By Josh Cosford, Contributing Editor
An O-ring is a polymer seal most often used in fluid power as either a dynamic or static seal. For light-duty pneumatic applications, an O-ring is a suitable seal technology used in pistons, piston rods, valve spools and other locations in air systems. O-rings best suit the sealing of static surfaces in hydraulic applications, such as cylinder barrel end seals, pump covers, and manifold interfaces, to name a few.
Static O-ring seals have but one job; prevent air or hydraulic pressure media from escaping cylinders, valves, pumps and other components. You must correctly design its cavity and choose the correct seal diameter and cross-section to suit that pocket. An O-ring must be squeezed upon installation, but not so much as to damage it. Additionally, the seal’s rubber compound must be selected with fluid and temperature in mind since even correctly sized seals will fail when poorly matched to its ambient conditions.
Understanding the top five reasons O-rings fail will help you ensure long-lasting designs.
- Improperly designed seal pocket. A seal must reside slightly compressed within a cavity to prevent extrusion through the clearance between each surface. The space between the two sealing surfaces is called the extrusion gap, which cannot be too large. If the “E-gap” is too large, the pressure internal to the component may squeeze the rubber material out through that gap. This “nibbling” of the seal takes the form of a delicate ribbon of rubber trailing off the O-ring circumference.
- Seal too small. A seal too small for its designed pocket will not crush effectively and simply allow fluid to pass. This type of failure tends to occur quickly as the seal cannot form effectively to the pocket to prevent fluid bypass. Even if the size is marginally smaller than required, the seal will fail sooner than the correct one.
- Seal too large. If a seal is too large for its cavity, the component may never seal properly to begin with. For example, installing a piston rod into a cylinder head may be impossible if the O-ring is too large. A marginally larger seal may still allow installation to occur but will fail as the seal is compressed tighter than designed. An O-ring must be compressed enough to fill its cavity, but too much compression deforms the seal into a rectangular shape as it loses its elasticity.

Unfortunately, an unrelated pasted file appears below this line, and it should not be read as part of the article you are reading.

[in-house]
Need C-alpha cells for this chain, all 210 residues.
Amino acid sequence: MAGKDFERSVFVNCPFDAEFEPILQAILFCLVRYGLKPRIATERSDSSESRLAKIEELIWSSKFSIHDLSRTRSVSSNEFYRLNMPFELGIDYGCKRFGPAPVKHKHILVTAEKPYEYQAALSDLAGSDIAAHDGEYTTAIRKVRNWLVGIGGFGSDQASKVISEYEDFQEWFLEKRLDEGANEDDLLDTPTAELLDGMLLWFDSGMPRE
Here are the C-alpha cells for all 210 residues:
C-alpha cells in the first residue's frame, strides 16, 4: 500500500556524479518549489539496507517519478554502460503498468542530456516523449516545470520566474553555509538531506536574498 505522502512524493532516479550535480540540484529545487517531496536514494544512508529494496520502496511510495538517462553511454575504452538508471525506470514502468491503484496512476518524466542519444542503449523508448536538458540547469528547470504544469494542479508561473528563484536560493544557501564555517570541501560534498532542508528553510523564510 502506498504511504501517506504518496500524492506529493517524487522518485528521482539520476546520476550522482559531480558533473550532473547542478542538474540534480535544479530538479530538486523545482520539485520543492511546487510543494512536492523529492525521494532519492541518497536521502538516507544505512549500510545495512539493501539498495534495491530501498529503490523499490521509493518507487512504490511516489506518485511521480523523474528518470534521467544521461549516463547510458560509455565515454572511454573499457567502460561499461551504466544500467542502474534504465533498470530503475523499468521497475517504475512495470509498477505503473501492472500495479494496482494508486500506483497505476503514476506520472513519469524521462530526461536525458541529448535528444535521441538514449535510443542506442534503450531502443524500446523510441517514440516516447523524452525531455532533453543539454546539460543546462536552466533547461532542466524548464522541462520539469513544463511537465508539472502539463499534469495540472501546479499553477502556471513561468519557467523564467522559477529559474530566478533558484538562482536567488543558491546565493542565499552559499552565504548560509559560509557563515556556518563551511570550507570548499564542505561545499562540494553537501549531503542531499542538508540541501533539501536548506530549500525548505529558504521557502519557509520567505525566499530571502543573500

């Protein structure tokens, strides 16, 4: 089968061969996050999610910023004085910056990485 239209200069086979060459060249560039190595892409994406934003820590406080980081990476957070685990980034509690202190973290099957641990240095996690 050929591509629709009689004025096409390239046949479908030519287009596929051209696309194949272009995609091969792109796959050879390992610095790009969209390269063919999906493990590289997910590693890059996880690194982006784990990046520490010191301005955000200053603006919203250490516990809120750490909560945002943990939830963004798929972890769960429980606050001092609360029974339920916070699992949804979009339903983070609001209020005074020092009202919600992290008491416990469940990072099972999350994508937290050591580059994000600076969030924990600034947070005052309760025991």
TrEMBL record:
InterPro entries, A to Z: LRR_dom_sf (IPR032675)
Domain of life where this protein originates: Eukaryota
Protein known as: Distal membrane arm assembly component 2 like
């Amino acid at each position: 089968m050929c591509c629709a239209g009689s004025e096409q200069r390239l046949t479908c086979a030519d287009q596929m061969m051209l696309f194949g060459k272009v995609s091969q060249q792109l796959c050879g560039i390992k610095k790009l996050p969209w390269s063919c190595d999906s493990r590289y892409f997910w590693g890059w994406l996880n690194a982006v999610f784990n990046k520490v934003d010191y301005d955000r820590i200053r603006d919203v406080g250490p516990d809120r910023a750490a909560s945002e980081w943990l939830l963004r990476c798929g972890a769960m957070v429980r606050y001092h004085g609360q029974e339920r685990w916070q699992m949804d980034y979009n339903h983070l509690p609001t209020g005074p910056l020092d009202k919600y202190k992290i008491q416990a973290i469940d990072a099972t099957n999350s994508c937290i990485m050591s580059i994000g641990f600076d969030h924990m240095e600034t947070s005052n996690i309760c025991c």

- Incorrect temperature compatibility. The polymer of the O-ring must be selected to work within the specific temperature range for the application. A Buna Nitrile seal used in a cold environment results in the hardening of the O-ring, and it loses the elasticity required to conform to the shape of its cavity.
Conversely, when you expose a seal to hot ambient conditions, it may become too soft. A hot O-ring may turn gooey and will easily extrude through small E-gaps, especially in applications where the E-gap can change, such as with O-rings used as end-seals in hydraulic cylinder barrels.
- Incorrect fluid compatibility. Not all seals work with all fluid media, and your seal polymer must be compatible with the fluid type. Many hydraulic applications using urethane seals and standard hydraulic oil will see no issues regarding compatibility. But if the fluid turns out to be water-glycol, for example, the urethane seals will crack or break apart.
Mark O'Brien says
Excellent article, Kudos to the author.
But like so many other great articles, there is no mention of fluid quality.
In order to have a fluid you can prove to be an ROI, you must be willing to pay for it.
The fluid has to have a higher purchase price because it began as a more refined base stock. The choice of crude oil type begins the quality process.
Next comes the quality of refinement. The quality of refinement must include complete removal of any aromatic hydrocarbons and any solvents used in the process.
Left-0ver solvents and flammables get absorbed by the elastomers that are the source of hoses and seals.
Anything added to the body of the part is changing the size.
Now you have O-rings swelling out of their seats and eventually becoming cracked and dried.
Hoses absorb the contaminants, swell and become brittle while deteriorating.
A cracked and brittle hose is well on the way to total failure, typically by bursting.
Another quality issue in making these fluids and gear lubricants is the use of an additive that will fight the never ending foam generation.
Foam is coming and cannot be stopped, but it can be kept up with.
The foam generates heat which raises pressure that makes more heat.
This is the source of the system too hot to touch, and the bursting hoses.
The heat, like the refinery left-overs also kills the elastomers.
You have to understand that the purchase price of lubricants only represents 8% of the cost to use them.
The other 92% is in procurement, storage, dispensing, changing, topping off and the affect on energy consumption. Finally add in the hazmat costs of draining and changing.
Add in the cost of parts labor and downtime that the lubricants either prevent or cause.
Correct viscosity, clean-cool-dry and the right time and manner, etc. do not matter if the fluid was designed to let the makers win low bids instead of protecting your capitol investments.